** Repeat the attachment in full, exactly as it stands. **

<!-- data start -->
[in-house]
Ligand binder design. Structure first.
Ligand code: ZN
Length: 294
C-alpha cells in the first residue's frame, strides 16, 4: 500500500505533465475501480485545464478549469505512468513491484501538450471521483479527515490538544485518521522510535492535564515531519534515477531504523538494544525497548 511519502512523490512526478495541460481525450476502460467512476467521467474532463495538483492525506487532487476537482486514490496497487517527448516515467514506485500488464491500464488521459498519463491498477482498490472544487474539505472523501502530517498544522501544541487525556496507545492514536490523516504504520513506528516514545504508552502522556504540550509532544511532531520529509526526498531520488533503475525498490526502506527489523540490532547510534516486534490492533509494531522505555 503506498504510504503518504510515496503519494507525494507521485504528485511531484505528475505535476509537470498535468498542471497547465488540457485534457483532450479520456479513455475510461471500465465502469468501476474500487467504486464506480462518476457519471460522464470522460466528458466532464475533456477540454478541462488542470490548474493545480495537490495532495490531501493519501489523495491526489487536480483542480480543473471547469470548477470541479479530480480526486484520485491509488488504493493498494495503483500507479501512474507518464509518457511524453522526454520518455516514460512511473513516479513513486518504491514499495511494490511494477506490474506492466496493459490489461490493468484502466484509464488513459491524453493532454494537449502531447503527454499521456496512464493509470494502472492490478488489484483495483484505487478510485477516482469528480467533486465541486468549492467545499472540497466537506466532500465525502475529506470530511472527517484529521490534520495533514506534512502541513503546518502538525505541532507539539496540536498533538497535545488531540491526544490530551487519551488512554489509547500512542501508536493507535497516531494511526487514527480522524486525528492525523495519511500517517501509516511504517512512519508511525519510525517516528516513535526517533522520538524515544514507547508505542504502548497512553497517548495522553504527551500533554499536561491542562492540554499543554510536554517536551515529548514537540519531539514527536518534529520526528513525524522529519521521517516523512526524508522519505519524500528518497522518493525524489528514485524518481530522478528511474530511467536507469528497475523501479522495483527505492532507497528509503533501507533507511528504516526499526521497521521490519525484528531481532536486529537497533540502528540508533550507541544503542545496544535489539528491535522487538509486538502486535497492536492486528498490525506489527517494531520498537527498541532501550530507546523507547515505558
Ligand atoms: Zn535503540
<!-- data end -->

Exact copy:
[in-house]
Ligand binder design. Structure first.
Ligand code: ZN
Length: 294
C-alpha cells in the first residue's frame, strides 16, 4: 500500500505533465475501480485545464478549469505512468513491484501538450471521483479527515490538544485518521522510535492535564515531519534515477531504523538494544525497548 511519502512523490512526478495541460481525450476502460467512476467521467474532463495538483492525506487532487476537482486514490496497487517527448516515467514506485500488464491500464488521459498519463491498477482498490472544487474539505472523501502530517498544522501544541487525556496507545492514536490523516504504520513506528516514545504508552502522556504540550509532544511532531520529509526526498531520488533503475525498490526502506527489523540490532547510534516486534490492533509494531522505555 503506498504510504503518504510515496503519494507525494507521485504528485511531484505528475505535476509537470498535468498542471497547465488540457485534457483532450479520456479513455475510461471500465465502469468501476474500487467504486464506480462518476457519471460522464470522460466528458466532464475533456477540454478541462488542470490548474493545480495537490495532495490531501493519501489523495491526489487536480483542480480543473471547469470548477470541479479530480480526486484520485491509488488504493493498494495503483500507479501512474507518464509518457511524453522526454520518455516514460512511473513516479513513486518504491514499495511494490511494477506490474506492466496493459490489461490493468484502466484509464488513459491524453493532454494537449502531447503527454499521456496512464493509470494502472492490478488489484483495483484505487478510485477516482469528480467533486465541486468549492467545499472540497466537506466532500465525502475529506470530511472527517484529521490534520495533514506534512502541513503546518502538525505541532507539539496540536498533538497535545488531540491526544490530551487519551488512554489509547500512542501508536493507535497516531494511526487514527480522524486525528492525523495519511500517517501509516511504517512512519508511525519510525517516528516513535526517533522520538524515544514507547508505542504502548497512553497517548495522553504527551500533554499536561491542562492540554499543554510536554517536551515529548514537540519531539514527536518534529520526528513525524522529519521521517516523512526524508522519505519524500528518497522518493525524489528514485524518481530522478528511474530511467536507469528497475523501479522495483527505492532507497528509503533501507533507511528504516526499526521497521521490519525484528531481532536486529537497533540502528540508533550507541544503542545496544535489539528491535522487538509486538502486535497492536492486528498490525506489527517494531520498537527498541532501550530507546523507547515505558
Ligand atoms: Zn535503540